They wanted her to know that a phone’s technology is more than just a little computer processor, a screen, and a data connection.  What it really is, is something with tremendous potential to shape a soul.  That’s a good thing to remember no matter how old we are!

Jesus said that the truth can set us free. As people who follow the one who was Truth with a capital “T”, let us make sure that we put on the belt of truth.

The second piece of armor is the breastplate of Righteousness.

The Hebrew word for righteousness is justice, so we are called to engage the injustice in the world.   There are individual injustices that are committed against people, and there is also systemic injustice in the world.

Unfortunately there are many in the Church and in society who deny systemic injustices.  For example, they deny structural racism by labeling it “Critical Race Theory” and then they whitewash history by banning teaching about our nation’s ugly legacy of slavery and other racial injustices.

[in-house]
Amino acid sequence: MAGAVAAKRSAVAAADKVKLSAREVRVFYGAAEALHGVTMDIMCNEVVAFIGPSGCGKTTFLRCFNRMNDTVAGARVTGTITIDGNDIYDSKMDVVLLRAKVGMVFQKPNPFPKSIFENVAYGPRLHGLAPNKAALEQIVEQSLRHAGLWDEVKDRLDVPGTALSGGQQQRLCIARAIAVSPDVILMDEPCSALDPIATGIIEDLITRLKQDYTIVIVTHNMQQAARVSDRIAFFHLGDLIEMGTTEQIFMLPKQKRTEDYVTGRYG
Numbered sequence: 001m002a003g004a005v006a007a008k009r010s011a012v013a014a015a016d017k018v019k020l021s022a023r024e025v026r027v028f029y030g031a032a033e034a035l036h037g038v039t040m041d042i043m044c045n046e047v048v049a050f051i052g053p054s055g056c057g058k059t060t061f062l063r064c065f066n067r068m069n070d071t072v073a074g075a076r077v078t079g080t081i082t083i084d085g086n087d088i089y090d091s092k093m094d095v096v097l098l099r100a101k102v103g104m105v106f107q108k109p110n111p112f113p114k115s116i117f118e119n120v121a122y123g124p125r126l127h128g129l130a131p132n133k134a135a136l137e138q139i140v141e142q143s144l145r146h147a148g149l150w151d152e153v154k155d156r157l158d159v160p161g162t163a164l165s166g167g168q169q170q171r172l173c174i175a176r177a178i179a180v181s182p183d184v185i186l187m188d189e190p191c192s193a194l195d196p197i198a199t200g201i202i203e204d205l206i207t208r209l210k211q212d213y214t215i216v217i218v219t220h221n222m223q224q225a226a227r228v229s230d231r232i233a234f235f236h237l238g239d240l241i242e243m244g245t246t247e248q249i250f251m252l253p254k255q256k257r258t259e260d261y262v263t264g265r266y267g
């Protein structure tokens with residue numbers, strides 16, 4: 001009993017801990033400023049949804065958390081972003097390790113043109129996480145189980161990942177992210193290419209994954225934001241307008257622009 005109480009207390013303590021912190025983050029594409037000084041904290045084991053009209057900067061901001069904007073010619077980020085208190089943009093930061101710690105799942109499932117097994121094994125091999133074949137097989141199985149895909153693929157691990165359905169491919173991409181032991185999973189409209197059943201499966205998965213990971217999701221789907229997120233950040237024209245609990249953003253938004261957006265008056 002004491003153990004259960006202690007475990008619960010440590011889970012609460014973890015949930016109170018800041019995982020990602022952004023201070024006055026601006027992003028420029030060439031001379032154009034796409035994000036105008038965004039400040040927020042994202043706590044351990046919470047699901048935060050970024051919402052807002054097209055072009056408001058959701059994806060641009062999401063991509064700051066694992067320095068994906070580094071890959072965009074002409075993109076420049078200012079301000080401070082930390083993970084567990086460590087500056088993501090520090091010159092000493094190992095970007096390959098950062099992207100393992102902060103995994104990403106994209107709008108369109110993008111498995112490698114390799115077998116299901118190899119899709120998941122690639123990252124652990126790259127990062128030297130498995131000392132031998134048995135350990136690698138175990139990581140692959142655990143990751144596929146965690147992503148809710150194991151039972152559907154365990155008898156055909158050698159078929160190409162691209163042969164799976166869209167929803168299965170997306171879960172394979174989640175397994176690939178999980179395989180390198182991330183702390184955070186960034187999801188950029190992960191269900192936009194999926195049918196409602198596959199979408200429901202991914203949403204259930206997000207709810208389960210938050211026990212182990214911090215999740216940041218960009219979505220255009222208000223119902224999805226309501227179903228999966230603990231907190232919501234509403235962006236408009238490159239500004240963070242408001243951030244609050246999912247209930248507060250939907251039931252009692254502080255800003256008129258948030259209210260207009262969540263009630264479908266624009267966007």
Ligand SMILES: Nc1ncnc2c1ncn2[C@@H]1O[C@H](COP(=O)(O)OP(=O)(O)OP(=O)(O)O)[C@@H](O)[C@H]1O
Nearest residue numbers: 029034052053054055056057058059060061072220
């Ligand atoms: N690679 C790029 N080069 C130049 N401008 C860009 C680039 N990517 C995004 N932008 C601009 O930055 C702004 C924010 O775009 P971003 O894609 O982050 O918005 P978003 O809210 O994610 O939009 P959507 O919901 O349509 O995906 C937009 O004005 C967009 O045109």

Again, CS Lewis provides some words of wisdom to us:

My dear Wormwood,

One of the most important tactics for keeping injustice present is convincing the humans that racism or classism is strictly an individual feeling of superiority.  Don’t let them focus on the institutional elements of itYour uncle,  Screwtape

Third, our armor should include feet fitted with the… gospel of PEACE

When I think of this image of feet bringing the gospel of peace, I’m reminded of one of my favorite verses in the Old Testament, Isaiah 52:7, where the prophet Isaiah gives hope to the people of Israel when they were exiles in Babylon:

How beautiful upon the mountains are the feet of the messenger who announces peace, who brings good news, who announces salvation, who says to Zion, “Your God reigns.”

This is a foreshadowing of the coming of Jesus, the Prince of Peace, who showed us the way of peace and calls us to be peacemakers, each in our own way.

As we know, our friend Shane Claiborne has feet that spend a lot of time proclaiming peace in the midst of our society where gun violence causes so much suffering and death.